Research has clearly demonstrated that low
Comprehensive Functional Behavior Assessment Report and Support Plan
Page 46
© 2002 Institute for Applied Behavior Analysis, All Rights Reserved.

levels of activity are the context for


challenging behaviors. As part of this
intervention, every effort should be taken to
determine Jane’s interests and activity
preferences. Staff may want to use activities
identified on the reinforcement inventory as
very interesting to Jane as a starting point to
suggest some activities. She should be given
the opportunity (within reason) to participate in
the activities she specified. Outings to try new
activities could be scheduled into her day
timer. During these activities, the following
information should be formally recorded.:

 Jane’s emotional response to the activity


 Jane’s proficiency in the activity
 Related and unrelated activities that
occur during and immediately after the
selected activity.

Over time a list of preferred activities will be


developed that can be used either contingently
or noncontingently as part of a behavior
support plan.

g. Re-distribution of available staffing. Currently


the Employment Specialist assigned to Jane’s
case, Mary Whitten, observes Jane in her work
environment for one hour per day, between the
hours of 12:00 and 1:00 p.m.. Initially this was
necessary to ensure that Jane could keep up
with the pace of the job requirements. Given
Jane’s current level of job performance, it is
the opinion of the writer that 1:1 staff time be
maintained. Instead of helping Jane work, time
would be better spent helping Jane develop
some of the skills described in the section on
Positive Programming.
Comprehensive Functional Behavior Assessment Report and Support Plan
Page 47
© 2002 Institute for Applied Behavior Analysis, All Rights Reserved.

h. Informal instruction. The strategy of “training


loosely” should be used with Jane, whereby
opportunities to instruct her on skills are not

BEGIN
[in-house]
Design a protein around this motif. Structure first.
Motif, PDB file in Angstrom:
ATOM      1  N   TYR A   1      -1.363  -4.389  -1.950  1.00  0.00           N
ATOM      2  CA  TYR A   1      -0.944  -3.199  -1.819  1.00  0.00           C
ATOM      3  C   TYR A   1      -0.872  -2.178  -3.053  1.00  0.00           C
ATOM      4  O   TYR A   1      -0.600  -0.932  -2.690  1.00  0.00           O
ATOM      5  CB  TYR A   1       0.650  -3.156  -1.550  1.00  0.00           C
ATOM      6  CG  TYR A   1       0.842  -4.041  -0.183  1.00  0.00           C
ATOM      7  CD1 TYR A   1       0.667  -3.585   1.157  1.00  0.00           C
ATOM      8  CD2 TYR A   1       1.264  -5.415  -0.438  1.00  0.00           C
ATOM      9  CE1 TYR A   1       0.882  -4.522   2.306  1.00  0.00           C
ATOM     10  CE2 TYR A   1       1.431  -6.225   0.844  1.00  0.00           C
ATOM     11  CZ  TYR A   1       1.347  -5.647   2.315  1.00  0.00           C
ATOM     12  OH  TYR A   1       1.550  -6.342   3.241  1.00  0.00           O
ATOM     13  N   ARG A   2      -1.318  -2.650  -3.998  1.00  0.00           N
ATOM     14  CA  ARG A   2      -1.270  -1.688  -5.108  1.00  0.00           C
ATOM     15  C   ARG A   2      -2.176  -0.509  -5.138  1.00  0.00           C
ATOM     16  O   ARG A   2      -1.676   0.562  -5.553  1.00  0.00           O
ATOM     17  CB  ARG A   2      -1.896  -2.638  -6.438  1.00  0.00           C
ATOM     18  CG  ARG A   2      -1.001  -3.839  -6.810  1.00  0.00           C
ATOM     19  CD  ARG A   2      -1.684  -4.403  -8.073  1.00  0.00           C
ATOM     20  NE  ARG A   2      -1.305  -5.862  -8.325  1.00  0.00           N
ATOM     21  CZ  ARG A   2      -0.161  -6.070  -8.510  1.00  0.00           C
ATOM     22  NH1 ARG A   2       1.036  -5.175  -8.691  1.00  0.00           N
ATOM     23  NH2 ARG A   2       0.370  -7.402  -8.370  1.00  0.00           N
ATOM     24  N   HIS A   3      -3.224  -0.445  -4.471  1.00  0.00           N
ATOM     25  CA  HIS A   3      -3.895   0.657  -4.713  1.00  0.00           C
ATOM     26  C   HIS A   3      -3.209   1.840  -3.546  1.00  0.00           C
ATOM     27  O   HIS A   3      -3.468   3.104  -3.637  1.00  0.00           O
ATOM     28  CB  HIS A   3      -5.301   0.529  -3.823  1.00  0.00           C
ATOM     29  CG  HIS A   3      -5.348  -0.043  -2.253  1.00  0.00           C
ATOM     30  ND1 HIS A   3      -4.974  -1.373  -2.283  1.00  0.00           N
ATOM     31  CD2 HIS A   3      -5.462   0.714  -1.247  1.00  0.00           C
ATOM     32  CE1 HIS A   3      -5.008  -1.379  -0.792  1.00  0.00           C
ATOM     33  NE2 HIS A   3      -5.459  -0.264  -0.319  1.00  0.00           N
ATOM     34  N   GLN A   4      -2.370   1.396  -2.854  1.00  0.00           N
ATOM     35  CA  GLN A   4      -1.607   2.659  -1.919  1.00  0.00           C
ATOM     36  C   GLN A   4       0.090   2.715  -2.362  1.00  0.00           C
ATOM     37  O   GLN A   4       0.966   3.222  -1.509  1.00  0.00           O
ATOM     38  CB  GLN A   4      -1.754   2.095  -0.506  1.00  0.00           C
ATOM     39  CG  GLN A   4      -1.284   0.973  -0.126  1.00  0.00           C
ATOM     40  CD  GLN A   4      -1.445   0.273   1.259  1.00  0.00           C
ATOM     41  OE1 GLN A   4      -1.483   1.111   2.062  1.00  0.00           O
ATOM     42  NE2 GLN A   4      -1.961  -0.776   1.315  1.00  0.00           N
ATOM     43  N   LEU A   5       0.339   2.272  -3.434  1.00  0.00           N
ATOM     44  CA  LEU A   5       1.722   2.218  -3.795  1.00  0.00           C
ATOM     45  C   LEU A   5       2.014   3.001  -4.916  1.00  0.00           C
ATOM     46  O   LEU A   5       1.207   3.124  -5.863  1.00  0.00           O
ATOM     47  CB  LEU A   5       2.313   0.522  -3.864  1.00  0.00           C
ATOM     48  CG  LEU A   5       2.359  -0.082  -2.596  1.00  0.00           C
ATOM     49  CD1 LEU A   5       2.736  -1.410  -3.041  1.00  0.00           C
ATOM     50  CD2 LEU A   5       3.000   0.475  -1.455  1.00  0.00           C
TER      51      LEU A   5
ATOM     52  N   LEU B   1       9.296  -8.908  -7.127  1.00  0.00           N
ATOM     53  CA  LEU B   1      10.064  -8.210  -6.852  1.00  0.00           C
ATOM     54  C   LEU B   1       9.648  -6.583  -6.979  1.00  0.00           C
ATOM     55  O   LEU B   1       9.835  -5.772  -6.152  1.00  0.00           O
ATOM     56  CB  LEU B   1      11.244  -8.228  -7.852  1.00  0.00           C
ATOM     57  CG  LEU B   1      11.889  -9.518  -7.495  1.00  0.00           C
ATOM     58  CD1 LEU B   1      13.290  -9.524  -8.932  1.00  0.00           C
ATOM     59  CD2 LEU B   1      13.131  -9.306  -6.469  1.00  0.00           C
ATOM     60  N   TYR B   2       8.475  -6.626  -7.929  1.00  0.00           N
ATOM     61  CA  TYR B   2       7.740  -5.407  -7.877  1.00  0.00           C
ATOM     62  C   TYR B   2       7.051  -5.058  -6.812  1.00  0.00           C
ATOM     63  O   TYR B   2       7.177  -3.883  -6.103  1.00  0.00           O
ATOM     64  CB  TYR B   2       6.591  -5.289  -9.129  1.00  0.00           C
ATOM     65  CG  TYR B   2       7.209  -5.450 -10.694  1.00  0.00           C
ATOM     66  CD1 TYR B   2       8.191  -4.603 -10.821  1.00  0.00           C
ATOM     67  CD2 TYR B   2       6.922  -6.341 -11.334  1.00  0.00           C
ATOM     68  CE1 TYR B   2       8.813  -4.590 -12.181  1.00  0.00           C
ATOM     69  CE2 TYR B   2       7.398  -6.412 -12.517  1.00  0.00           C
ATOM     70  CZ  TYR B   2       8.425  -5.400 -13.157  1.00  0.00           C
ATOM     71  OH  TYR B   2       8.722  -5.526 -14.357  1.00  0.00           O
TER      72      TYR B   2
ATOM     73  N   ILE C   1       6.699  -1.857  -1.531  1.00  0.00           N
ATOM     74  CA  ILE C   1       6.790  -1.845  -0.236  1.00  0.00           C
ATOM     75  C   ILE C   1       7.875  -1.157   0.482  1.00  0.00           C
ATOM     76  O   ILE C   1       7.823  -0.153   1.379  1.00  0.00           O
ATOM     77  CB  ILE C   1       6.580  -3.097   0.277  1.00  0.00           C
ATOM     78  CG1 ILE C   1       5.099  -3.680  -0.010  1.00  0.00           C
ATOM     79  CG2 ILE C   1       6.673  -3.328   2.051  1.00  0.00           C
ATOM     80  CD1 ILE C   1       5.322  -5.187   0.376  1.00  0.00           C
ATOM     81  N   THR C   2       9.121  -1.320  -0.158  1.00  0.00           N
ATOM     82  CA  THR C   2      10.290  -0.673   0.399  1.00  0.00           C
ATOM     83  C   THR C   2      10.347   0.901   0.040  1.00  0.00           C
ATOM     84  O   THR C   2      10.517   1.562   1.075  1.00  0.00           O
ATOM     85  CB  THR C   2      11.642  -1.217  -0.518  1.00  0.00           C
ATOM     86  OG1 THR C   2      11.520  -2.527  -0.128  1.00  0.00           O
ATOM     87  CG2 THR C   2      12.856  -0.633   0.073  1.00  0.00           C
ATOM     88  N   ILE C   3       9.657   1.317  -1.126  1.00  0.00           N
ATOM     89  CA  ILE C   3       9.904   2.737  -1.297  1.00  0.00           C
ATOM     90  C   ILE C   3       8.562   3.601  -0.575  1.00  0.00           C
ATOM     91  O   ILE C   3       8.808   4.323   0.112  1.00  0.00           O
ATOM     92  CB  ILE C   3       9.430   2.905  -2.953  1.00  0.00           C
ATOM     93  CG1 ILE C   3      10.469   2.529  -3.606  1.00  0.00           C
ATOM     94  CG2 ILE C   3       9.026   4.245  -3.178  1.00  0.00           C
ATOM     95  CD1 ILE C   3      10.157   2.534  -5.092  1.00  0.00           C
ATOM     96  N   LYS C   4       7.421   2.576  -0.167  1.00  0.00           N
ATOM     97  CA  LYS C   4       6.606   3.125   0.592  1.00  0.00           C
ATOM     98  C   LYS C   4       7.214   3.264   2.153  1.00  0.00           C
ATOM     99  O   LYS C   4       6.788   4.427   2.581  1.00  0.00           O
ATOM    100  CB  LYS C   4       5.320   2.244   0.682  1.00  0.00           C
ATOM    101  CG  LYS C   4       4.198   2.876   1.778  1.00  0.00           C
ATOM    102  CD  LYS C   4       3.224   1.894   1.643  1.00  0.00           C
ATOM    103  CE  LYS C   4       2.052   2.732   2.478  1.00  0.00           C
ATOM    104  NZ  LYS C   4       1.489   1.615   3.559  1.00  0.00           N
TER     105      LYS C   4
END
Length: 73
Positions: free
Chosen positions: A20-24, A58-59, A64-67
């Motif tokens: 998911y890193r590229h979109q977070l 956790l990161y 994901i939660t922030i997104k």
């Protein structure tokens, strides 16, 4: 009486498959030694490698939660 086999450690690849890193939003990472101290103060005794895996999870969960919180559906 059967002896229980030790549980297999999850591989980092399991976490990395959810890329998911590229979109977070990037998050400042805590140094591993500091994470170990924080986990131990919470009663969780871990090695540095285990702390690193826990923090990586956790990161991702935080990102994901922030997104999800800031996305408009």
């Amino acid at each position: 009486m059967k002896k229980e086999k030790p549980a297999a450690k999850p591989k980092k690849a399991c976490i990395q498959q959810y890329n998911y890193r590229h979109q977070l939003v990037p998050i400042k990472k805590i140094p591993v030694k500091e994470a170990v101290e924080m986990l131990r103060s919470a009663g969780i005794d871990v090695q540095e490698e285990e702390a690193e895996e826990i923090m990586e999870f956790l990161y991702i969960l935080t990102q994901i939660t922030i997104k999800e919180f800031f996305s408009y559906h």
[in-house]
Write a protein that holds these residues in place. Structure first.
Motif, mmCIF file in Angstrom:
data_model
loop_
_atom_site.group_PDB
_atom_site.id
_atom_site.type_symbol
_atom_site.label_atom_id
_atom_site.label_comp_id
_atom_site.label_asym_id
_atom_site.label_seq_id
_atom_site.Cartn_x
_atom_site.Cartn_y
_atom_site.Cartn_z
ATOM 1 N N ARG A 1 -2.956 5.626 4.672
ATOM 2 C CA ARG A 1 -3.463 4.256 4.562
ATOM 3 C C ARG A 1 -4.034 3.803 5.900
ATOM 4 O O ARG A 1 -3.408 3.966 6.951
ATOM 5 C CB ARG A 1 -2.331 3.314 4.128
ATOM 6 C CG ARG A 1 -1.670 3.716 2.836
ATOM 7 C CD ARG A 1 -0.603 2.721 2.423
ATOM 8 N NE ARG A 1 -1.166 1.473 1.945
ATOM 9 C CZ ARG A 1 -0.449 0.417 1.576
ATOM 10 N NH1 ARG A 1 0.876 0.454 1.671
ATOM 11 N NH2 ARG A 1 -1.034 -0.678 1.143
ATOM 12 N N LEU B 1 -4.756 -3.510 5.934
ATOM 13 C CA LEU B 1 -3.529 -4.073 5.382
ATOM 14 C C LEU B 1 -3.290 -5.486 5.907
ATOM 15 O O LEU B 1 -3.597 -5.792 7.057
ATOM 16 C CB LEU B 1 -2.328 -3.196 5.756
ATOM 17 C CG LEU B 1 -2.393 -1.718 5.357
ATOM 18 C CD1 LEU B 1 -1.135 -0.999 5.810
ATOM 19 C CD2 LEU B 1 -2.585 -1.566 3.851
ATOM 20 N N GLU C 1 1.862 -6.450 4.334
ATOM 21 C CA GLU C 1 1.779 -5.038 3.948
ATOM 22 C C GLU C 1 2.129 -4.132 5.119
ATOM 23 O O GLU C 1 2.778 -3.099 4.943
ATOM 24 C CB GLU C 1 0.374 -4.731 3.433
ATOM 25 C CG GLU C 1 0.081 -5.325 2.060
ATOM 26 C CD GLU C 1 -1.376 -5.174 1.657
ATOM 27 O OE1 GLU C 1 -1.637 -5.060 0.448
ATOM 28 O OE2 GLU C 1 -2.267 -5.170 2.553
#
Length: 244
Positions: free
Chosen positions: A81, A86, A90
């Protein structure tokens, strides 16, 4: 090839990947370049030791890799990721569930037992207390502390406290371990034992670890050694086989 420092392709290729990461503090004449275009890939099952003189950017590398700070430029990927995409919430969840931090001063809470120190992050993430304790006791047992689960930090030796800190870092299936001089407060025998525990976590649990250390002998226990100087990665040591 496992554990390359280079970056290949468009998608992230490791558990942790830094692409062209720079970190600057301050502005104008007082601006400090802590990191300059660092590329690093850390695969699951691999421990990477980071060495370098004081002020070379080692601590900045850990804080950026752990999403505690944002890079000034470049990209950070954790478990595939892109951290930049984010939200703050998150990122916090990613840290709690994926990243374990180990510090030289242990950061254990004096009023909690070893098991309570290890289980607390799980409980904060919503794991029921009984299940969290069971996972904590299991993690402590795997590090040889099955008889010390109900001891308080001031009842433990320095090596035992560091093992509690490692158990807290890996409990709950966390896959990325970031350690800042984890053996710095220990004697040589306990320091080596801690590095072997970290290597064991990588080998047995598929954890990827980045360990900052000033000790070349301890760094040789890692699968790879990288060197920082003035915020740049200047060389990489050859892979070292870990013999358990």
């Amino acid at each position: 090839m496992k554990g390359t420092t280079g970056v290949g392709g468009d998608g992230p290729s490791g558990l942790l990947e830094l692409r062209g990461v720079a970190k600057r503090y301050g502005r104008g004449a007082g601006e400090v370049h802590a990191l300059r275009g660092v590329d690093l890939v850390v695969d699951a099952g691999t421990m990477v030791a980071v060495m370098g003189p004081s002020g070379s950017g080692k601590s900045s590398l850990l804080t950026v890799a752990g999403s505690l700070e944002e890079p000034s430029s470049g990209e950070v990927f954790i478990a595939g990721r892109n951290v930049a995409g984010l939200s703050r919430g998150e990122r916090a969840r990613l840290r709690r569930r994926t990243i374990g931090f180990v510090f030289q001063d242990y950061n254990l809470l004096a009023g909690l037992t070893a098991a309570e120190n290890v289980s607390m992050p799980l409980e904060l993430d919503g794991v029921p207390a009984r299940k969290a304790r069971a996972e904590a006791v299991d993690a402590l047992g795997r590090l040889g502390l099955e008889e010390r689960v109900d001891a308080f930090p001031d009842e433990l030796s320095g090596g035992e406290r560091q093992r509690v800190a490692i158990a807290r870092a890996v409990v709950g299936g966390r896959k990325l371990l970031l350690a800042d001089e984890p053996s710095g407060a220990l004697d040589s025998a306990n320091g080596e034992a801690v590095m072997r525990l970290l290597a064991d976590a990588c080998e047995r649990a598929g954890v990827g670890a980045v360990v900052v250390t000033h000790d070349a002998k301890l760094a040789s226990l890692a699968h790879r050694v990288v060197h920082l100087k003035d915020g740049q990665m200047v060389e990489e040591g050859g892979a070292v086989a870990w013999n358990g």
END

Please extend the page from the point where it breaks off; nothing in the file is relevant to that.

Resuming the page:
restricted to structured, focused training trials
only. Instead, instruction should be provided
whenever and wherever the opportunity
presents itself. The purpose of using this
strategy is to expand the learning process to
the natural times and locations that the skills
are required.

i. Maintenance of naturally supported working


environment. It is recommended that Jane not
be placed back into a SESI group. She is
currently naturally supported in her work
environment so there is currently no reason to
place her back in that setting. Her recent
problems with aggressive behavior have been
in the context of the SESI group.

j. Daytimer with daily planning. In order to


encourage Jane to exercise control over her
daily schedule, it is recommended that she
purchase a daytimer (i.e. a portable daily
calendar) wherein she can keep track of
scheduled appointments, work schedule and
scheduled leisure activities. As Jane’s
aggressive behavior sometimes seems to be
her way of exercising control over her
environment, the daytimer is recommended
help her find other ways of exercising that
control.

k. Counseling. Counseling is recommended for


Jane to address lingering abuse issues. Based
on her difficulty talking about sex and intimacy
in addition to her reliance on romantic
Comprehensive Functional Behavior Assessment Report and Support Plan
Page 48
© 2002 Institute for Applied Behavior Analysis, All Rights Reserved.

fantasies it is clear that Jane continues to be


confused about her own sexuality. Her
knowledge of sex from a sex education
standpoint is also questionable. In addition,
Jane’s need to assert herself over those less
powerful than her with aggressive behavior,
would suggest that her opinion of herself is